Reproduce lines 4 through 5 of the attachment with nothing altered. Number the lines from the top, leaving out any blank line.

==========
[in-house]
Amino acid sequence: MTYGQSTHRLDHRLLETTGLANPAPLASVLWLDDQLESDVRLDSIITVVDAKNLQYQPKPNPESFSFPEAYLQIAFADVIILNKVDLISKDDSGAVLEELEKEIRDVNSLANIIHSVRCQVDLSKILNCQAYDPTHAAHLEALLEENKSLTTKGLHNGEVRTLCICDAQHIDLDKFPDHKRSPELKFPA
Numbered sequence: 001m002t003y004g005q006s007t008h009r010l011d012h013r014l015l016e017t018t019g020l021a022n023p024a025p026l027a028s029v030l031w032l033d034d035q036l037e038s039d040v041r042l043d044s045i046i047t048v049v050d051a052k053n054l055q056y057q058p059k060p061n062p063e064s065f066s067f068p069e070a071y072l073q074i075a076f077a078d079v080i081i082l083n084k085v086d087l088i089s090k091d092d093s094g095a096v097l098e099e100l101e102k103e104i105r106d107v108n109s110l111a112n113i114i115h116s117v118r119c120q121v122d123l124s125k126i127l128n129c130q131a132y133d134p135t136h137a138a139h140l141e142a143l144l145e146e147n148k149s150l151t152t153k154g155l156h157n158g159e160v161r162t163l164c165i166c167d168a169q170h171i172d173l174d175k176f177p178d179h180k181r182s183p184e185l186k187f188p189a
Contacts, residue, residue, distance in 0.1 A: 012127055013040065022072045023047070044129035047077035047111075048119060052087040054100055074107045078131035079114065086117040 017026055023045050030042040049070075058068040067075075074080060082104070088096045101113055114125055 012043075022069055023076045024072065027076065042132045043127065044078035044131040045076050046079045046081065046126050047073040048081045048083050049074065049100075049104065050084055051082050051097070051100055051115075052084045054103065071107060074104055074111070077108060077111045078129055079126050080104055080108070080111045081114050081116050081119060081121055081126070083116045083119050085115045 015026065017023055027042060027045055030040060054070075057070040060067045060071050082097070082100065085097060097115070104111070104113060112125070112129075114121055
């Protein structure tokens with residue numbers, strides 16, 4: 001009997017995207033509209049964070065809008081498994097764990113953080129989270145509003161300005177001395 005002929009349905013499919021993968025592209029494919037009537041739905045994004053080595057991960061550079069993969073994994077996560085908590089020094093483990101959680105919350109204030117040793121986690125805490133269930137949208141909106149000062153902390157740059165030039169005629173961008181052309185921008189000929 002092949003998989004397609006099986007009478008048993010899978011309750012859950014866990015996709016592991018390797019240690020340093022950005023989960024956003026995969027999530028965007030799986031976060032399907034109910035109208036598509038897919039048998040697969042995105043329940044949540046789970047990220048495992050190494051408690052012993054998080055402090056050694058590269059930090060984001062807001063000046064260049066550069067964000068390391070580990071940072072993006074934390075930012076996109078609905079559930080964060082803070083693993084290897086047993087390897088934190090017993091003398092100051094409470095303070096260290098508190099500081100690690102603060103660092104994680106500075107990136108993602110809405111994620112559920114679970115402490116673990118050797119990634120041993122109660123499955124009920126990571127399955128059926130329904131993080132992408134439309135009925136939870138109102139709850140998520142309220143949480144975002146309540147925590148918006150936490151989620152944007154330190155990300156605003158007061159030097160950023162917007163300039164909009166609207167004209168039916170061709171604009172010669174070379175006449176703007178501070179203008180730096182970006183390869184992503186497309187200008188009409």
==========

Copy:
Contacts, residue, residue, distance in 0.1 A: 012127055013040065022072045023047070044129035047077035047111075048119060052087040054100055074107045078131035079114065086117040 017026055023045050030042040049070075058068040067075075074080060082104070088096045101113055114125055 012043075022069055023076045024072065027076065042132045043127065044078035044131040045076050046079045046081065046126050047073040048081045048083050049074065049100075049104065050084055051082050051097070051100055051115075052084045054103065071107060074104055074111070077108060077111045078129055079126050080104055080108070080111045081114050081116050081119060081121055081126070083116045083119050085115045 015026065017023055027042060027045055030040060054070075057070040060067045060071050082097070082100065085097060097115070104111070104113060112125070112129075114121055
């Protein structure tokens with residue numbers, strides 16, 4: 001009997017995207033509209049964070065809008081498994097764990113953080129989270145509003161300005177001395 005002929009349905013499919021993968025592209029494919037009537041739905045994004053080595057991960061550079069993969073994994077996560085908590089020094093483990101959680105919350109204030117040793121986690125805490133269930137949208141909106149000062153902390157740059165030039169005629173961008181052309185921008189000929 002092949003998989004397609006099986007009478008048993010899978011309750012859950014866990015996709016592991018390797019240690020340093022950005023989960024956003026995969027999530028965007030799986031976060032399907034109910035109208036598509038897919039048998040697969042995105043329940044949540046789970047990220048495992050190494051408690052012993054998080055402090056050694058590269059930090060984001062807001063000046064260049066550069067964000068390391070580990071940072072993006074934390075930012076996109078609905079559930080964060082803070083693993084290897086047993087390897088934190090017993091003398092100051094409470095303070096260290098508190099500081100690690102603060103660092104994680106500075107990136108993602110809405111994620112559920114679970115402490116673990118050797119990634120041993122109660123499955124009920126990571127399955128059926130329904131993080132992408134439309135009925136939870138109102139709850140998520142309220143949480144975002146309540147925590148918006150936490151989620152944007154330190155990300156605003158007061159030097160950023162917007163300039164909009166609207167004209168039916170061709171604009172010669174070379175006449176703007178501070179203008180730096182970006183390869184992503186497309187200008188009409």